The theory of cognitive dissonance was a framework theory with deep implications that were best appreciated by Roger Brown in the classic text Social Psychology (1965). Cognitive dissonance theory expressed the insight that the human detestation of ambivalence was at the center of the evolution of beliefs. Brown saw that Freud's insights into the repression of threatening ideation could be conceived as a reaction to the engendered ambivalence.
Cognitive dissonance theory was subsequently reduced to the platitudinous by its leading expositor, the social psychologist Scott Aronson, when he concluded that cognitive dissonance is aroused only by inconsistency with an agent's positive self-regard, reinterpreting the reduction of dissonance as limited to self-justification. The different interpretations can be illustrated in the paradigm $1/$20 experiment, where subjects changed their views more toward the views receiving a token payment for their advocacy than did subjects paid a substantial amount. On Festinger's original account, the subjects in the token-payment condition suffered more cognitive dissonance, because the knowledge that they are advocating something different from what they actually believe is an inconsistent mental state. Whereas, on Aronson's self-justification account, the inconsistency is not between the beliefs expressed and the beliefs held but between the expression of bogus beliefs and subjects’ positive self-concept. Aronson contended that subjects resist thinking of themselves as the sort of persons who would deceive others to their detriment about one's own beliefs for no substantial reason.
If cognitive-dissonance theory concerns defensive self-justification, its impressiveness would lie not in its enunciating a new psychological principle but rather in showing that the otherwise banal self-justification hypothesis reaches further than we expect. But to establish that the $1 and $20 experiment concerns self-justification, Aronson needs evidence that agents think it more honorable to lie for a large reward than for a small one. This is far from obvious given that the criminal law on the subject says the opposite: the transgressor's gain increases the severity of fraud.
Festinger was on the right track. What repels subjects is ambiguity and ambivalence. Cognitive dissonance is more fundamental than self-justification; it may provide the explanation for the human tendency to self-justify, and it potentially explains much more. Festinger’s theory is consistent with Sigmund Freud's view that conative overload is the driving force for ego defense.
Festinger's theory isn’t explicit about the nature of the inconsistency. Festinger says that usually agents don't tell a falsehood for no good reason. But it isn't the case that all expectancy failures arouse dissonance. When Festinger presents the theory more formally, he explains that cognitions A and B are dissonant when A implies B's obverse, a term for which Festinger provides no logical analysis.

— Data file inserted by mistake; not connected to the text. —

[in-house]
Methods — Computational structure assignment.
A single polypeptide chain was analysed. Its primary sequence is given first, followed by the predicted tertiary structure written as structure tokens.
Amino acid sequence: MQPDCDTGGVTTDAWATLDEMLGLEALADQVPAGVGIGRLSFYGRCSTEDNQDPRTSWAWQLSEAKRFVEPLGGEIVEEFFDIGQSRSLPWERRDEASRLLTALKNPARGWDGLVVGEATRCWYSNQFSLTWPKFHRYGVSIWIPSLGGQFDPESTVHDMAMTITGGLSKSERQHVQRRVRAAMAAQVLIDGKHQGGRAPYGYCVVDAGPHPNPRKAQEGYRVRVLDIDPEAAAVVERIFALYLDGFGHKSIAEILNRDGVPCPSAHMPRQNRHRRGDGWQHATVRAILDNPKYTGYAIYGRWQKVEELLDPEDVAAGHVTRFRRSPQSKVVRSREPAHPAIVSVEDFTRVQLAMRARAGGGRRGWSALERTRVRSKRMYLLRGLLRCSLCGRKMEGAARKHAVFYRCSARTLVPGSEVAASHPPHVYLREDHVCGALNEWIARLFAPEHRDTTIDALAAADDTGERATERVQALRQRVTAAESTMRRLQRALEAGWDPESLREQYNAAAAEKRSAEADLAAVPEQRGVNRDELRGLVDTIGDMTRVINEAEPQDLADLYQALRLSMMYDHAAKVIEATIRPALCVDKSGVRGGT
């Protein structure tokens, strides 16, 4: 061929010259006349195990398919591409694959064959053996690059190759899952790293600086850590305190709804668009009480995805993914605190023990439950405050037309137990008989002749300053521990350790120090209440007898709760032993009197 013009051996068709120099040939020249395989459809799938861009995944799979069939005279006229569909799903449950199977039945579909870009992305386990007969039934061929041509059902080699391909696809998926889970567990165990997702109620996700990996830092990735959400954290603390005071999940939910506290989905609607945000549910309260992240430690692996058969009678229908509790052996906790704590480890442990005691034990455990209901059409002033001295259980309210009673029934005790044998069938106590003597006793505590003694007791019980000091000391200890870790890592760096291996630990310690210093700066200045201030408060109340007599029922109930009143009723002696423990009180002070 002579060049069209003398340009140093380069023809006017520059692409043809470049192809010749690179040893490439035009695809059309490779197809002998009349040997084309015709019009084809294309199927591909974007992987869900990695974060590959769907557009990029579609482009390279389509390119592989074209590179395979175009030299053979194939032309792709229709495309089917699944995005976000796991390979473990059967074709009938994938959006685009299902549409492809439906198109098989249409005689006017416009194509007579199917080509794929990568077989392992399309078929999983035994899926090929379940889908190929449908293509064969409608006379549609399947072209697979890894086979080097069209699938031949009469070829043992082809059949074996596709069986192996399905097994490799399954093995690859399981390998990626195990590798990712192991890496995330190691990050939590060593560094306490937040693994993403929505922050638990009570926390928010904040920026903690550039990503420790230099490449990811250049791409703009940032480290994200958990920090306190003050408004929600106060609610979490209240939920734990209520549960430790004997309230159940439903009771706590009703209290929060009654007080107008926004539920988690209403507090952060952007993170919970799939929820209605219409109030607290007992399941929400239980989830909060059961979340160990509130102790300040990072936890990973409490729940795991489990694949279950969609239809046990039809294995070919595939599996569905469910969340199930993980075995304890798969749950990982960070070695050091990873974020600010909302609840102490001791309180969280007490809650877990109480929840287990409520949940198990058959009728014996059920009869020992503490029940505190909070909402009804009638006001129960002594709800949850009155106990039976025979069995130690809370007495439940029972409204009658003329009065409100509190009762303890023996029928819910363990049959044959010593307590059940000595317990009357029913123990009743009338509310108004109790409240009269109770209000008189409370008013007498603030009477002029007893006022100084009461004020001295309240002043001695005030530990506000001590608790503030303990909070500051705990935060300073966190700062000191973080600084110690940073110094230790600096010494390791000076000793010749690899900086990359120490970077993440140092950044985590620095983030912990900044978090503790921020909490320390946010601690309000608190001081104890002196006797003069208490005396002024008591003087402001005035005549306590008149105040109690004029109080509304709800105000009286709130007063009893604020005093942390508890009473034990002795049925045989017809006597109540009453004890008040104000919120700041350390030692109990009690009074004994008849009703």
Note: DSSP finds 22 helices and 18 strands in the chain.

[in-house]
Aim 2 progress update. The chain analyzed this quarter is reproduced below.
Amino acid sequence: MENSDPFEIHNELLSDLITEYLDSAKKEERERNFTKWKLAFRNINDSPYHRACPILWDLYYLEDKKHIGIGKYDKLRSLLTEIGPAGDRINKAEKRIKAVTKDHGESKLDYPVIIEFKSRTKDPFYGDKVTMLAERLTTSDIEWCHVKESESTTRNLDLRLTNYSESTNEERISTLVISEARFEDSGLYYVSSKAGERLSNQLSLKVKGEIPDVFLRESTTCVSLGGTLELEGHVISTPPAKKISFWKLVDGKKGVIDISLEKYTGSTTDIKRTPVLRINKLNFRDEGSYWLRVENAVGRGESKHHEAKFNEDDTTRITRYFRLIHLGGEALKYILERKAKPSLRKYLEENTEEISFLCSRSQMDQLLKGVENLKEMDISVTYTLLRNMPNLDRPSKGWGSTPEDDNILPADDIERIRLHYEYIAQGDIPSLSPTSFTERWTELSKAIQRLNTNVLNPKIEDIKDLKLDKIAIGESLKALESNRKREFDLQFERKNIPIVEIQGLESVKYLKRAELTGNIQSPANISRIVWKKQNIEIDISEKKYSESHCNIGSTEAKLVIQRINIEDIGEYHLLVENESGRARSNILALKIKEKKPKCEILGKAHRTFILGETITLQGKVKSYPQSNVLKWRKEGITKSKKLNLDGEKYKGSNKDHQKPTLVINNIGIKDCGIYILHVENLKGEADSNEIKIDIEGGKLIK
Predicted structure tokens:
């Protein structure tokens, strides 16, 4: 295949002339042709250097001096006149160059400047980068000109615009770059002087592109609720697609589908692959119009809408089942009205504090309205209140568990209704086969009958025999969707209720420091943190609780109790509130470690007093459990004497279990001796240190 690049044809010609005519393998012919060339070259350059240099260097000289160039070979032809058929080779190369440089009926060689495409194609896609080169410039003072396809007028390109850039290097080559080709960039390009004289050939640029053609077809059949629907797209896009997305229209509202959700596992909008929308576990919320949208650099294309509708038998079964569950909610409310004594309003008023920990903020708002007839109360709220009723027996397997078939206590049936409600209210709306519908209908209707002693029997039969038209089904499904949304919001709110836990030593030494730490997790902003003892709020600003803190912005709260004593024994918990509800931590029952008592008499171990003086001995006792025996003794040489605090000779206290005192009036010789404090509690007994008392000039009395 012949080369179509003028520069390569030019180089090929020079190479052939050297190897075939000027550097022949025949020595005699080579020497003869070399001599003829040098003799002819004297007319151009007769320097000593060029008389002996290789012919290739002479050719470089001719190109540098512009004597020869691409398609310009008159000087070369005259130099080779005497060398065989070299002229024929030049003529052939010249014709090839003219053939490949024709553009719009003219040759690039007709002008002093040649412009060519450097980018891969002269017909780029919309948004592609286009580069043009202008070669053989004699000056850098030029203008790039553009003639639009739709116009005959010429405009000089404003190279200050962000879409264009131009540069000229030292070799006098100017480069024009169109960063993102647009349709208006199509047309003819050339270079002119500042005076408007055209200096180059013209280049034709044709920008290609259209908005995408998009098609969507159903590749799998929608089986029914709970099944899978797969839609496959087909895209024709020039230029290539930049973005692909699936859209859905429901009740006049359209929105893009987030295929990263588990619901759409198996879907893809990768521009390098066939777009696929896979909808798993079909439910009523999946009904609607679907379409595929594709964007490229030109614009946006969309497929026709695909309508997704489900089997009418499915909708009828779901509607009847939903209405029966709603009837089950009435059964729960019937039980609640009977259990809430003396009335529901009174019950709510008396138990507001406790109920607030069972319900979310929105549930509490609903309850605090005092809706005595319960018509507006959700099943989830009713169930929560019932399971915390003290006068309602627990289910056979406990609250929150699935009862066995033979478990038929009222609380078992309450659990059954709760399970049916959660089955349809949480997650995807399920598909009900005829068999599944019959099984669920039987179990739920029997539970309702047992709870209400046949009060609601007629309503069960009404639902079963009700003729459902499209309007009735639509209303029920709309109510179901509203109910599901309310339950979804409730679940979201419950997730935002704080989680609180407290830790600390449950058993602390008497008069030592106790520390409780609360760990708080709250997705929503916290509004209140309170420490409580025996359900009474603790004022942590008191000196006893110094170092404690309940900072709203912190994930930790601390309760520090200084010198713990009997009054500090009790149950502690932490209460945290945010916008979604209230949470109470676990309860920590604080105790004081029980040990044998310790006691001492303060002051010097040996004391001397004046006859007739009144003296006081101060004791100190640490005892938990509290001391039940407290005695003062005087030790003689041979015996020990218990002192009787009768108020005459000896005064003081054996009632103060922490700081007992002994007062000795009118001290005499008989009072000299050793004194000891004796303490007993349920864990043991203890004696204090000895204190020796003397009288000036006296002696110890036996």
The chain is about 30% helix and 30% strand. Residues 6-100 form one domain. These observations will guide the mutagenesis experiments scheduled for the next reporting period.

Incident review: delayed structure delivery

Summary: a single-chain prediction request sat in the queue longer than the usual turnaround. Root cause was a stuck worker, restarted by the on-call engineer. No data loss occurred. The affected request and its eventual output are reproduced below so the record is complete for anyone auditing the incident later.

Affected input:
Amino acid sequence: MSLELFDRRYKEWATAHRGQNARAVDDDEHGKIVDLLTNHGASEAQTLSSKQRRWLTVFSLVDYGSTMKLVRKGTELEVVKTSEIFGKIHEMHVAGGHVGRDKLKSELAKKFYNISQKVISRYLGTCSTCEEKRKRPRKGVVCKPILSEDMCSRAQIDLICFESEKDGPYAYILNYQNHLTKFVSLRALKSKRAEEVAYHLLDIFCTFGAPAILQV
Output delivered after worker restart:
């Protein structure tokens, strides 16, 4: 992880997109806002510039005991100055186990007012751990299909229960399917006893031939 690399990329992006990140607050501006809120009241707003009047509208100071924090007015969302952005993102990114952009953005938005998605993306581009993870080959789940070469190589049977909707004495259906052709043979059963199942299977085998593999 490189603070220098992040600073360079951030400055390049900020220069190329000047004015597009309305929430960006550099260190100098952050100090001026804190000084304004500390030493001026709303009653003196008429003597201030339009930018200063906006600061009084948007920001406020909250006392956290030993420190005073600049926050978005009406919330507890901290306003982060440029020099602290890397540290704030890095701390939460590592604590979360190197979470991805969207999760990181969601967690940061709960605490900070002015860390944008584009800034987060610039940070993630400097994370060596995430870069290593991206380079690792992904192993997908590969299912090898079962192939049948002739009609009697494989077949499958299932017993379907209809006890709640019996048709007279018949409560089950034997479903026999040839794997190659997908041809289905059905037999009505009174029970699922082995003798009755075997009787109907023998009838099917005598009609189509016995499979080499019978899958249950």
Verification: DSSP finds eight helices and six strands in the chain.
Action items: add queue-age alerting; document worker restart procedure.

A new interpretation of cognitive-dissonance theory in the Festingerian hatred-of-ambivalence tradition is the action-oriented account proposed by Harmon-Jones and colleagues, who, first, recognized that the state of cognition giving rise to cognitive dissonance should be distinguished from the uncomfortable emotional state. Discrepant cognitions are said to produce dissonance, where cognitions are discrepant if they have opposed implications for action. They facilitate or impair a line of conduct, as is consistent with experimental evidence that dissonance starts when agents commit to specific conduct, at which point agents marshal their mental resources to actually carry out their commitments.
Thus, when subjects in the $1 and $20 experiment commit to the bargain by agreeing to lie, they will be best equipped to carry out their commitment either if they are motivated to earn $20, or if they can convince themselves that the communication is true.
The action-based interpretation of cognitive-dissonance theory resolves the major theoretical problem facing another theory in social psychology, construal-level theory, which proposes that the deployment of abstract and concrete concepts functions as separate systems. Agents, accordingly, can hold abstract beliefs that are in logical tension, even contradiction. This has led at least one commentator to conclude that abstract beliefs evolved for purposes related to social signaling. But for signaling to be viable, abstract belief must be subject to concrete belief to some substantial degree.
On the present view, the primary function of abstract thought is the self-regulation of concrete conation. The direct manipulation of the world for practical purposes is a function of concrete thought. But abstract thought, while not directive for action, serves to energize (or de-energize) it.
Cognitive-dissonance theory explains how agents may be induced to change their abstract beliefs due to pressure from concrete experience. The balancing act that an explanation must accomplish is to permit abstract logical contradictions while also prohibiting tensions logically weaker. This is accomplished by making the cognitive discrepancy between abstract and concrete representations pragmatic rather than logical. These tensions are perhaps the only means we have for rational influence on far-mode beliefs. While logical contradiction is not necessarily dissonant, sometimes it is.